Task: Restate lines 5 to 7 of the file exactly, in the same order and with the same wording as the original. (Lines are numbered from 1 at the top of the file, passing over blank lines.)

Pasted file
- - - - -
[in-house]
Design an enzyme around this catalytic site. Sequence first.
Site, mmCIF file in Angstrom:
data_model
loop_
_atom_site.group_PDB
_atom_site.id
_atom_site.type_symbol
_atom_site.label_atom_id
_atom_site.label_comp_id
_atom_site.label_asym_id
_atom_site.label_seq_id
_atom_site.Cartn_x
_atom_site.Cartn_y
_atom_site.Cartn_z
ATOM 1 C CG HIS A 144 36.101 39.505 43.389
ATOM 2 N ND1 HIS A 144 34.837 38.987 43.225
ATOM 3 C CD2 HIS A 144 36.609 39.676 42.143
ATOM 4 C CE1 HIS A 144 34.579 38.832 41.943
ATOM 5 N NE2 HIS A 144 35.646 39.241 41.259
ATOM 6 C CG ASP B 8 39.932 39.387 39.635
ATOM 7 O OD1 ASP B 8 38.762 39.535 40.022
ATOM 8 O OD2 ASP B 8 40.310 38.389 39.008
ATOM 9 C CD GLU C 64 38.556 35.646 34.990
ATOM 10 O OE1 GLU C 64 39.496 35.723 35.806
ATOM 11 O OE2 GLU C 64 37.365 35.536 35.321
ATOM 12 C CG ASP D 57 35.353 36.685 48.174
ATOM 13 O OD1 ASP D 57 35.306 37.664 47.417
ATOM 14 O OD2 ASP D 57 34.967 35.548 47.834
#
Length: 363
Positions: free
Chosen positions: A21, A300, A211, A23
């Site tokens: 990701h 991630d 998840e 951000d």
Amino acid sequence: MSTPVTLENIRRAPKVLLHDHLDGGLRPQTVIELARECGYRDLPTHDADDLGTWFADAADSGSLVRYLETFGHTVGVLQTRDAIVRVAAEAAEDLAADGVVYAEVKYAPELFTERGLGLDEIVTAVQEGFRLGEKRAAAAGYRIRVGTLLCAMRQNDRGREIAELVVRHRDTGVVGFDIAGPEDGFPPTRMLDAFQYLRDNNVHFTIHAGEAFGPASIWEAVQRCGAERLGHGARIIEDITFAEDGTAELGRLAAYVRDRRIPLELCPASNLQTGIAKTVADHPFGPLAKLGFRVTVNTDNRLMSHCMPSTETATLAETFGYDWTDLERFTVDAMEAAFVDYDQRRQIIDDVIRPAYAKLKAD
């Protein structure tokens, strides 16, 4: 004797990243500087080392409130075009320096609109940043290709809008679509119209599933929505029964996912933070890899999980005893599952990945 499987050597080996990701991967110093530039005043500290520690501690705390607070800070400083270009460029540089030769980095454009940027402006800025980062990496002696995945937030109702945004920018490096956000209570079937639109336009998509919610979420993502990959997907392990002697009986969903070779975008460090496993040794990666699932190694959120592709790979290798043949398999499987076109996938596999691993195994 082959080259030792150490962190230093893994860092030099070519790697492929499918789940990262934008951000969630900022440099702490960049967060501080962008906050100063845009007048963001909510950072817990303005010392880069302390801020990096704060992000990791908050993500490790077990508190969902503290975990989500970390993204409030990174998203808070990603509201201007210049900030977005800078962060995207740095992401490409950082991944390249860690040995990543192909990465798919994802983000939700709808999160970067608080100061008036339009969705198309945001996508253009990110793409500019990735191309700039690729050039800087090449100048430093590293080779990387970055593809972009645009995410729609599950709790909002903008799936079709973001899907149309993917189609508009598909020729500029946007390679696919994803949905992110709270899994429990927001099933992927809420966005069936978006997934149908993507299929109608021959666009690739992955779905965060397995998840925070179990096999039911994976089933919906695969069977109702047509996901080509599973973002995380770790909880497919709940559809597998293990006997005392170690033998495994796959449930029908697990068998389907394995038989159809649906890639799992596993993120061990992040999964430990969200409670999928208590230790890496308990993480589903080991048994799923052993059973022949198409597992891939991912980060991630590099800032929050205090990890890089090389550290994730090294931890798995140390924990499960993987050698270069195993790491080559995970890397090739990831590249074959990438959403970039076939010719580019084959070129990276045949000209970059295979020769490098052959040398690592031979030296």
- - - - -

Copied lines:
loop_
_atom_site.group_PDB
_atom_site.id